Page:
Do you remember that feeling when school was out… for the last time? No rules, no one telling you what you should do. I am feeling a touch of nostalgia for those days when I look at the latest Covid-19 guidance from the Government. We have lived through the years of strict rules when it was clear (to most of us outside Downing Street) what was lawful and what was not. But now, all rules are gone, and, in its wake, we are left with some rather vague advice from the UK Health Agency, formerly known as Public Health England.
The Government chose 1 April to release new guidance; copies of the guidance (for England only) are linked below*.
What are the headlines?
- Covid-19’s dominance has been usurped! The Government has clearly indicated its intention of treating Covid-19 like any other flu-like illness. The guidance refers throughout to 'Covid-19 and other respiratory infections'.
- If you have Covid-19 (or symptoms of respiratory infection), feel unwell and can’t carry out 'normal activities' then you are advised to try to stay at home until you are feeling better.
- If you have a positive test for Covid-19 but are feeling fine, then you are advised to stay at home and avoid mixing for five days. This includes working from home where you can and where you can’t 'talking to your employer about the options available to you'.
- Symptoms of Covid-19 have been extended out, the symptoms of Covid-19 and with it flu and common respiratory infections now include ailments such as not wanting to eat or not feeling hungry, muscle aches or pains that are not due to exercise and diarrhoea, feeling sick or being sick. (There are more so do check the guidance for the full list)
- The Government continues to encourage the take up of vaccines as the best means of preventing infections. Vaccinations to be encouraged are not just those linked to Covid-19 but extended out to others, such as the flu vaccine.
What’s the response for employers?
- Continue to manage the risk of infection in the workplace. Whilst there may be no need for employers to explicitly consider Covid-19 in their risk assessment, organisations who fail to take this risk into consideration, especially where there are more vulnerable staff working, could risk breaching their health and safety responsibilities. The Government continues to reiterate the importance of vaccines, ventilation and cleanliness in the workplace.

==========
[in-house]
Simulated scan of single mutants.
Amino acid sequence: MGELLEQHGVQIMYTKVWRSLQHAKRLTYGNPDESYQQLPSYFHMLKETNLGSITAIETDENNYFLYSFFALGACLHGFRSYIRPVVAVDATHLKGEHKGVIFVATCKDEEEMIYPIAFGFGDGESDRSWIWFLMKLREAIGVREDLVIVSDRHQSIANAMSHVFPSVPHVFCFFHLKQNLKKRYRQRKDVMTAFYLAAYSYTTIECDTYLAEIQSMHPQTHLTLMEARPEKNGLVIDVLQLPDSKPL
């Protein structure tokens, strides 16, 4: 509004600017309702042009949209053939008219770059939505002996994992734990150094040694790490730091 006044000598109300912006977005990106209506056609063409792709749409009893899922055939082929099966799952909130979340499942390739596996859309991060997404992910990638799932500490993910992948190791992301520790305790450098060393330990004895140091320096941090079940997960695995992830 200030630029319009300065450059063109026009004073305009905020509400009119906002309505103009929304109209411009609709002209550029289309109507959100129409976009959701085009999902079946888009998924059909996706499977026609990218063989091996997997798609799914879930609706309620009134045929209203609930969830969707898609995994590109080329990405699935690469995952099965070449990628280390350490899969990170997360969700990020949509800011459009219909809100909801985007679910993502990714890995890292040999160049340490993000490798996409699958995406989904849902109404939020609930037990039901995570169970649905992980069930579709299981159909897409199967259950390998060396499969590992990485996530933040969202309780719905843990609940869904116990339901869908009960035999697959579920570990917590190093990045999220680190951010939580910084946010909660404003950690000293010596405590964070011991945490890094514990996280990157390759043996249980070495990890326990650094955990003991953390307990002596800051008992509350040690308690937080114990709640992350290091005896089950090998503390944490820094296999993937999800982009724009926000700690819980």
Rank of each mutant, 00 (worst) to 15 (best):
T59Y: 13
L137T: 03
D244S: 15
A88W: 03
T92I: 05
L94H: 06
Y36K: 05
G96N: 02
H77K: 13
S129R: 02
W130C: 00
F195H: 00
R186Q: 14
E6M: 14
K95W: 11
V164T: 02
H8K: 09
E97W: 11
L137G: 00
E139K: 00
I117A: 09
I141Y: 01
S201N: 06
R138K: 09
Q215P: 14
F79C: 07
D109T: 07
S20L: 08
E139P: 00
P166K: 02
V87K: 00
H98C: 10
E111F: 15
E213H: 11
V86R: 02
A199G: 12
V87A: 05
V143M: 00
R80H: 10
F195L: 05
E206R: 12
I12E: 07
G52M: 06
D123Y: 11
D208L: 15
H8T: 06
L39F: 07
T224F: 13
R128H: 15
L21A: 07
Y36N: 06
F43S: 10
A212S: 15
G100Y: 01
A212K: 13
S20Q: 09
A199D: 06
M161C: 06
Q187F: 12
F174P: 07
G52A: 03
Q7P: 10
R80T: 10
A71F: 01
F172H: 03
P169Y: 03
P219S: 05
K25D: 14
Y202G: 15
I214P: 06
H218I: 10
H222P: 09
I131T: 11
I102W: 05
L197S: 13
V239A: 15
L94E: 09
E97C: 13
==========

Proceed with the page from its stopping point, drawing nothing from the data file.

- Decide your policy with regards to staff who are positive and still able to work. With such woolly guidance, it will be a decision for employers to decide how to treat staff who are asymptomatic, testing positive and cannot work from home. Practically, with no free testing in place, there may be many staff who attend work, asymptomatic, untested, and so blissfully unaware of their infection status. Some organisations may choose to manage the risk by having sufficient infection control measures in the workplace so as to avoid staff shortages, others may choose to request staff stay at home for five days when they test positive. The whys and wherefores of these decisions and the financial ramifications are beyond this blog. Please do contact our team if you would like specific advice.
- Address your existing measures to ensure still relevant. Do you still require mask-wearing and are the requirements consistent with the new guidance? The guidance continues to advise mask-wearing in crowded and enclosed spaces, when in close contact with a vulnerable person and when 'there are a lot of respiratory viruses circulating'. That last one is sufficiently vague to be of no practical use at all!
Are you still encouraging vaccinations within the workplace and extending that out to flu jabs as well? Are any vaccination policies (whether that be for new starters or the whole workforce) proving workable? We would continue to advise that 'no jab no job policies' for existing staff would only be wise in circumstances where extreme external pressure is being exerted on an organisation to take up such a policy.
If you would like any specific guidance on these issues, please contact the team and we would be happy to help.
Public health principles for reducing the spread of respiratory infections, including COVID-19, in the workplace.